Monday, 11 January 2016

Last 10 things seen at the theatre: #087

3rd to 9th January (NEW YORK SPECIAL).

List the last 10 things you saw at the theatre in order:
1. Allegiance (Longacre)
2. Hamilton (Richard Rodgers)
3. Sleep No More (McKittrick Hotel)
4. Sleep No More (McKittrick Hotel)
5. Lazarus (New York Theatre Workshop)
6. Something Rotten! (St James Theatre)
7. Hamilton (Richard Rodgers)
8. Fun Home (Circle in the Square)
9. Sleep No More (McKittrick Hotel)
10. The Flick (Barrow Street Theatre)

Who was the best performer in number one (Allegiance)?
One abhors taking the obvious path, but Lea Salonga did a damn fine job with the material. Also I'm reasonably confident there's a portrait in her attic that gets more withered and horrific by the day.

Why did you go to see number two (Hamilton)?
I've been waiting for this show for six years, since before it even knew it was going to be a show. Why WOULDN'T I go to see Hamilton?

Can you remember a line/lyric from number three (Sleep No More) that you liked?
"When you were five," she said, "you didn't get on with the other children. So I put salt behind your right ear," she said, "to keep you safe." And I heard her say this, and I felt her caress my head, and I saw her pouring salt into a paper packet which she gave to me (and which has left my pockets filled with salt ever since). But it wasn't until maybe half an hour later that I realised she had PUT SALT BEHIND MY RIGHT EAR. I brag about being fully conversant in Punchdrunk storytelling methods, but they still manage to surprise me every time. It's one of the bonuses of being generally quite an oblivious person, I suppose.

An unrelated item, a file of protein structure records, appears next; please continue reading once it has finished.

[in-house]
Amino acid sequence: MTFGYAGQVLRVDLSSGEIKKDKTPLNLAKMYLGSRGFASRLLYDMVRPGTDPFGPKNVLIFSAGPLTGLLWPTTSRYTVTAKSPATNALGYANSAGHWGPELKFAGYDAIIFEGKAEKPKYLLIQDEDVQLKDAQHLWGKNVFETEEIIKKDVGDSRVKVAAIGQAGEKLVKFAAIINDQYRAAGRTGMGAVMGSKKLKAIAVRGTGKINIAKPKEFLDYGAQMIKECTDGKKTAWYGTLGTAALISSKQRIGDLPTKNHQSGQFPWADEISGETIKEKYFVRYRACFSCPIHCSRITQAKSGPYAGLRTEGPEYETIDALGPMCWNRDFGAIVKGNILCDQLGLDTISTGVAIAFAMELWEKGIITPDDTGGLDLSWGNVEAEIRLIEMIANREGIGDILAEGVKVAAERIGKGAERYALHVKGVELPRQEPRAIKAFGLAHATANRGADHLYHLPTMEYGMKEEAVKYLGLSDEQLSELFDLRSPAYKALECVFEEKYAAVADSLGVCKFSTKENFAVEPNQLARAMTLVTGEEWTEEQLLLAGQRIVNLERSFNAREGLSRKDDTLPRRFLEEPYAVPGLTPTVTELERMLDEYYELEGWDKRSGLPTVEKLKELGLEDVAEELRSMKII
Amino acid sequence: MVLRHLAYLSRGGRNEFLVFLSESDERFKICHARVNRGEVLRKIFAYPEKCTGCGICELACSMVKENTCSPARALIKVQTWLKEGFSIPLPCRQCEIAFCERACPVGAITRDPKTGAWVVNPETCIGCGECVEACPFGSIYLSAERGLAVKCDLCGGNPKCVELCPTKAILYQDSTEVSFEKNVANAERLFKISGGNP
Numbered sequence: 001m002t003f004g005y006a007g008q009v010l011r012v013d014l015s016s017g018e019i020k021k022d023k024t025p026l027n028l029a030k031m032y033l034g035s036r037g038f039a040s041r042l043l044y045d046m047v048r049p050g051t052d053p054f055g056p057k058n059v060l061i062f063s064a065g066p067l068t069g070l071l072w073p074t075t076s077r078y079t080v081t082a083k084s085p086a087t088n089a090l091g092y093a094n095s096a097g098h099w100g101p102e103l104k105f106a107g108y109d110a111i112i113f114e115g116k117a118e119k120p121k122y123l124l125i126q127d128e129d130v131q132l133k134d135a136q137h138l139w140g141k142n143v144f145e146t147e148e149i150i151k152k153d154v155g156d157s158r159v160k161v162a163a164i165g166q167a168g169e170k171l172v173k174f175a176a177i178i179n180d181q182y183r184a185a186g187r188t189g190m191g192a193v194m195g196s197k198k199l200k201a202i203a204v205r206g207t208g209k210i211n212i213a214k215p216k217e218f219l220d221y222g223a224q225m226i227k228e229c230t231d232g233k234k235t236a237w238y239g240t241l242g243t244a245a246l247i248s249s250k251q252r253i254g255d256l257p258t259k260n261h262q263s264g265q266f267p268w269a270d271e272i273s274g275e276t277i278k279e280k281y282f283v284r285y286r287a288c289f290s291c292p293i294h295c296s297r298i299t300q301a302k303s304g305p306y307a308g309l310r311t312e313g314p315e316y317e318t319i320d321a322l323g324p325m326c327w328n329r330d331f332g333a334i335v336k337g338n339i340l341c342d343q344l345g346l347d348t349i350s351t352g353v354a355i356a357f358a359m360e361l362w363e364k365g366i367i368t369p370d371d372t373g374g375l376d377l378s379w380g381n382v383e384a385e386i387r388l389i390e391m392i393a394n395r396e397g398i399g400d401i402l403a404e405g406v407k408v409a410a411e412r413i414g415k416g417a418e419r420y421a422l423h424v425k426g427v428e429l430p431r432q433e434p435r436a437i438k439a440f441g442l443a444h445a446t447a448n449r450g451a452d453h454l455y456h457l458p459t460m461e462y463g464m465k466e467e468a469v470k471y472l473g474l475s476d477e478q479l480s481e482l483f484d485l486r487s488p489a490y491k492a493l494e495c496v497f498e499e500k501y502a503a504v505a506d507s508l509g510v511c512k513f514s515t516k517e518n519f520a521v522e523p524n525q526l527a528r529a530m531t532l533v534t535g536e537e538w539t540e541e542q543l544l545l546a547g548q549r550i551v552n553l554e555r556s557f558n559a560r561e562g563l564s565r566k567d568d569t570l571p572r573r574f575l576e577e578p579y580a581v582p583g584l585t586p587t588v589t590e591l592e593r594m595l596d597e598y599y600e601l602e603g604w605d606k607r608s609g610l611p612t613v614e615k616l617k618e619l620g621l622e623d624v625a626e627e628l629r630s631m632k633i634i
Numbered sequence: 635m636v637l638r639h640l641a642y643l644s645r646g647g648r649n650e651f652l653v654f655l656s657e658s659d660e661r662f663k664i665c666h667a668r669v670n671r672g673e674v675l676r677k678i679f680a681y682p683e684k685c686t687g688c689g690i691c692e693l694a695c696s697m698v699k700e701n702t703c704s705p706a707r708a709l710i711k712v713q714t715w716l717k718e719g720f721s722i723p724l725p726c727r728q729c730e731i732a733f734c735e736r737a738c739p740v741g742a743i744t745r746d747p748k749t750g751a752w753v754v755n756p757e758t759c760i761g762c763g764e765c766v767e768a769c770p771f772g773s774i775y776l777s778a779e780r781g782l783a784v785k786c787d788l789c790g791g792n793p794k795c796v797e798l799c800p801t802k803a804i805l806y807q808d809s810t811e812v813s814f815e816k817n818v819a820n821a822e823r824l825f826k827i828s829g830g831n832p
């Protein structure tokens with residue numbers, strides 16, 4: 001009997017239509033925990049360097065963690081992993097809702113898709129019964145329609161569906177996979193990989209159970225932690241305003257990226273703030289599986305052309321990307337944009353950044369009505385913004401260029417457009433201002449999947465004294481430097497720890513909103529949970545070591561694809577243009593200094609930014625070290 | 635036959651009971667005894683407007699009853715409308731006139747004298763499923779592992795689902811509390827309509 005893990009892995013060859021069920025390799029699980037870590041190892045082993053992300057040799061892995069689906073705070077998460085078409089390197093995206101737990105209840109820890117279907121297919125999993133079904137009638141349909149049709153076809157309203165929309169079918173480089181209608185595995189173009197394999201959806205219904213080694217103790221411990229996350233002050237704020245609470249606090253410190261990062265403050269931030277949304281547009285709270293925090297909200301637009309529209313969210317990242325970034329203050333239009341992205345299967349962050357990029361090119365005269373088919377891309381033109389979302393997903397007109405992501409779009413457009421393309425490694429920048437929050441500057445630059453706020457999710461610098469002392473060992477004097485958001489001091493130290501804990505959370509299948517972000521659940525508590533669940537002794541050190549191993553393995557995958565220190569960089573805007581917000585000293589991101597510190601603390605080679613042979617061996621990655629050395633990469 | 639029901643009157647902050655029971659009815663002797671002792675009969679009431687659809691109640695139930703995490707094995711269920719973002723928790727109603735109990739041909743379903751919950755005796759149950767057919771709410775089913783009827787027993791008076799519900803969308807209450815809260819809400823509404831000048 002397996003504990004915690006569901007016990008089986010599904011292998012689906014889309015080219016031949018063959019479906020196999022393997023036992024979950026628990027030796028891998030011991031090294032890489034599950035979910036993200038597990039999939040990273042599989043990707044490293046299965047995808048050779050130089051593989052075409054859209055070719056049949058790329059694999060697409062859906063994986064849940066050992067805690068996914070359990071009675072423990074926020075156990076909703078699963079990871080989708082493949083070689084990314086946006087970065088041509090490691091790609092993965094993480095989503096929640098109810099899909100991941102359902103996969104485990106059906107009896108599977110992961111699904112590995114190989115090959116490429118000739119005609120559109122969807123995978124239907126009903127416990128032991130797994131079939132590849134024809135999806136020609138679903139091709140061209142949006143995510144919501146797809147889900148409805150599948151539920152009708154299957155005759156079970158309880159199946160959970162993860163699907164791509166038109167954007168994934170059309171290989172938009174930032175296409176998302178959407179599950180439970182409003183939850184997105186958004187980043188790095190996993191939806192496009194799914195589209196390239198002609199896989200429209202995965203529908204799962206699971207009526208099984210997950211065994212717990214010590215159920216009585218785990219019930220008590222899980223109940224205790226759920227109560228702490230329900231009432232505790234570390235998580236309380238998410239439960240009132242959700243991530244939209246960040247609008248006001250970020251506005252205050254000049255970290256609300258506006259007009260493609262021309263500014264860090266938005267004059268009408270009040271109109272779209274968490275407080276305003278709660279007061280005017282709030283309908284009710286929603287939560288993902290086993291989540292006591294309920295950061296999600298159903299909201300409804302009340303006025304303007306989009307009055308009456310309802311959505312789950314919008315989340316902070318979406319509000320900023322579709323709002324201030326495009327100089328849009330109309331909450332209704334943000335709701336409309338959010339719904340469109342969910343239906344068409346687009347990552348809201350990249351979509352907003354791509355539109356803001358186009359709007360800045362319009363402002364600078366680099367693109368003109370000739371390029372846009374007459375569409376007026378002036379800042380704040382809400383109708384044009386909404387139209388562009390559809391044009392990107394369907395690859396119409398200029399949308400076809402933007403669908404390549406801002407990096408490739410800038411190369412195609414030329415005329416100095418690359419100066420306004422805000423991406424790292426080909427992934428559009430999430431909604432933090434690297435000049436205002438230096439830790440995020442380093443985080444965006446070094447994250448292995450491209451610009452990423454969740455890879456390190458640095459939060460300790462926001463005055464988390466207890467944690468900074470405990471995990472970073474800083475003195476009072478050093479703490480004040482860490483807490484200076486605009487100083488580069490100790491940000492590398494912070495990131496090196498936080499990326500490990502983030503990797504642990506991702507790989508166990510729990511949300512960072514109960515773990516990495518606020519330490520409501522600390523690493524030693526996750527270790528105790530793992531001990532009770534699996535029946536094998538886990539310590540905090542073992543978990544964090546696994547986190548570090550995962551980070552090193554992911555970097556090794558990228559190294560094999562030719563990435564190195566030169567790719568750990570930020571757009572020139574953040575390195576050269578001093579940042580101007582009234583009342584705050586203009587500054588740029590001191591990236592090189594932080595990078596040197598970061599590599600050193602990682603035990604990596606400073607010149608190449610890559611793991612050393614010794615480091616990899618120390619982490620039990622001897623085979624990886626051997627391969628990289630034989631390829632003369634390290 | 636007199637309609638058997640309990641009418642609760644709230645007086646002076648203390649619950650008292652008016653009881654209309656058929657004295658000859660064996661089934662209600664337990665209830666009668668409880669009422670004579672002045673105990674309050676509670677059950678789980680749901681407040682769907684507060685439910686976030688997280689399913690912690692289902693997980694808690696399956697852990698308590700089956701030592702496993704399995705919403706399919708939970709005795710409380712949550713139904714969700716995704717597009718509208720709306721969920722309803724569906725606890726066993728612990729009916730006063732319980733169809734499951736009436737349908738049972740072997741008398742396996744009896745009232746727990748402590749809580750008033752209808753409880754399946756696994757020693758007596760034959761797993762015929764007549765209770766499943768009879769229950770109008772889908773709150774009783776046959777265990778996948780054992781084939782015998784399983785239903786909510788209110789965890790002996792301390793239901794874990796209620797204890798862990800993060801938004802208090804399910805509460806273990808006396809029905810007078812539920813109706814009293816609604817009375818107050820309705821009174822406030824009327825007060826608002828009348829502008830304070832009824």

What would you give number four (Sleep No More) out of ten?
I feel like Punchdrunk shows benefit from being based on works that are fractured to begin with, as one clear narrative doesn't lend itself as neatly to being broken up in this particular way, so I wasn't really sure about this show at first. And even though I've now seen it three times and am more sure about things, I don't think I'm any more able to assign a mark out of 10 to the show as a whole without several more trips (at which point I would probably be completely emotionally invested and give it a full 10 without any consideration for objectivism anyway). So if I take this one performance as an individual... gosh, I might go with a 9 actually, it was a great show. I chose some splendid characters to follow and was rewarded with intriguing story, excellent interactions, and booze!

Was there someone hot in number five (Lazarus)?
Well, there were some good-looking people in it, but not hot, not for me.

What was number six (Something Rotten!) about?
See, I bought my ticket assuming it would be a silly comedy full of Shakespeare references to spot, but it actually turned out to be a silly comedy full of musical theatre references to spot. Fortunately I am fluent in several flavours of theatre references, and am reasonably confident I got all the jokes.

Who was your favourite actor in number seven (Hamilton)?